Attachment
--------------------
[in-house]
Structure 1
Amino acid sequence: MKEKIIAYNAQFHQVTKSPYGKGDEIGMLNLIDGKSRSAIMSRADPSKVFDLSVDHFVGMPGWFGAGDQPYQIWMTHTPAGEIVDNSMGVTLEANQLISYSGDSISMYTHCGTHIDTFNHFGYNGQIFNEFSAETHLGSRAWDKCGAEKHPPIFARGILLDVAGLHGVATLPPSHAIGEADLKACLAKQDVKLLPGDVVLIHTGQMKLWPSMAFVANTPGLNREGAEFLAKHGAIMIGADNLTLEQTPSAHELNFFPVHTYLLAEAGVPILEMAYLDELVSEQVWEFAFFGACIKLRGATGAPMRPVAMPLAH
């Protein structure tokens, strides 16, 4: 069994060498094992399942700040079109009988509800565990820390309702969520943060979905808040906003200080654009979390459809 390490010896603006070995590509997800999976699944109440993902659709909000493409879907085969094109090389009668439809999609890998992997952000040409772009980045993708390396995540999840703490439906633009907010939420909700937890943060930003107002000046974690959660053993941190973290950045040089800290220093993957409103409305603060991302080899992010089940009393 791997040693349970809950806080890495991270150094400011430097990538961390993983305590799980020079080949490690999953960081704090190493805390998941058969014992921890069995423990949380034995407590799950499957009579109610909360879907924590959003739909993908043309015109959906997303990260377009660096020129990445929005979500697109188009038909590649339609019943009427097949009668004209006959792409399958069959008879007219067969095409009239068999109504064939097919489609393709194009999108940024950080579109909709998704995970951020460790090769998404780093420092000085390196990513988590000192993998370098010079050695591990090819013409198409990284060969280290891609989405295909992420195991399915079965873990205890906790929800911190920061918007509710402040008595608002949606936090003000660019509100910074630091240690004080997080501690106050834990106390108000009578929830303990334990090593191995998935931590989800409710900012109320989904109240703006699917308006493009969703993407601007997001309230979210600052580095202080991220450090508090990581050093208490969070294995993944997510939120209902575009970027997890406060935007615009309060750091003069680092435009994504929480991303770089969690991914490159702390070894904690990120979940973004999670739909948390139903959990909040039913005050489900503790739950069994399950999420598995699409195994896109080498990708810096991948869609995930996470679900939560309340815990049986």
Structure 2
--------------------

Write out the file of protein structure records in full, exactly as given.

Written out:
[in-house]
Structure 1
Amino acid sequence: MKEKIIAYNAQFHQVTKSPYGKGDEIGMLNLIDGKSRSAIMSRADPSKVFDLSVDHFVGMPGWFGAGDQPYQIWMTHTPAGEIVDNSMGVTLEANQLISYSGDSISMYTHCGTHIDTFNHFGYNGQIFNEFSAETHLGSRAWDKCGAEKHPPIFARGILLDVAGLHGVATLPPSHAIGEADLKACLAKQDVKLLPGDVVLIHTGQMKLWPSMAFVANTPGLNREGAEFLAKHGAIMIGADNLTLEQTPSAHELNFFPVHTYLLAEAGVPILEMAYLDELVSEQVWEFAFFGACIKLRGATGAPMRPVAMPLAH
């Protein structure tokens, strides 16, 4: 069994060498094992399942700040079109009988509800565990820390309702969520943060979905808040906003200080654009979390459809 390490010896603006070995590509997800999976699944109440993902659709909000493409879907085969094109090389009668439809999609890998992997952000040409772009980045993708390396995540999840703490439906633009907010939420909700937890943060930003107002000046974690959660053993941190973290950045040089800290220093993957409103409305603060991302080899992010089940009393 791997040693349970809950806080890495991270150094400011430097990538961390993983305590799980020079080949490690999953960081704090190493805390998941058969014992921890069995423990949380034995407590799950499957009579109610909360879907924590959003739909993908043309015109959906997303990260377009660096020129990445929005979500697109188009038909590649339609019943009427097949009668004209006959792409399958069959008879007219067969095409009239068999109504064939097919489609393709194009999108940024950080579109909709998704995970951020460790090769998404780093420092000085390196990513988590000192993998370098010079050695591990090819013409198409990284060969280290891609989405295909992420195991399915079965873990205890906790929800911190920061918007509710402040008595608002949606936090003000660019509100910074630091240690004080997080501690106050834990106390108000009578929830303990334990090593191995998935931590989800409710900012109320989904109240703006699917308006493009969703993407601007997001309230979210600052580095202080991220450090508090990581050093208490969070294995993944997510939120209902575009970027997890406060935007615009309060750091003069680092435009994504929480991303770089969690991914490159702390070894904690990120979940973004999670739909948390139903959990909040039913005050489900503790739950069994399950999420598995699409195994896109080498990708810096991948869609995930996470679900939560309340815990049986």
Structure 2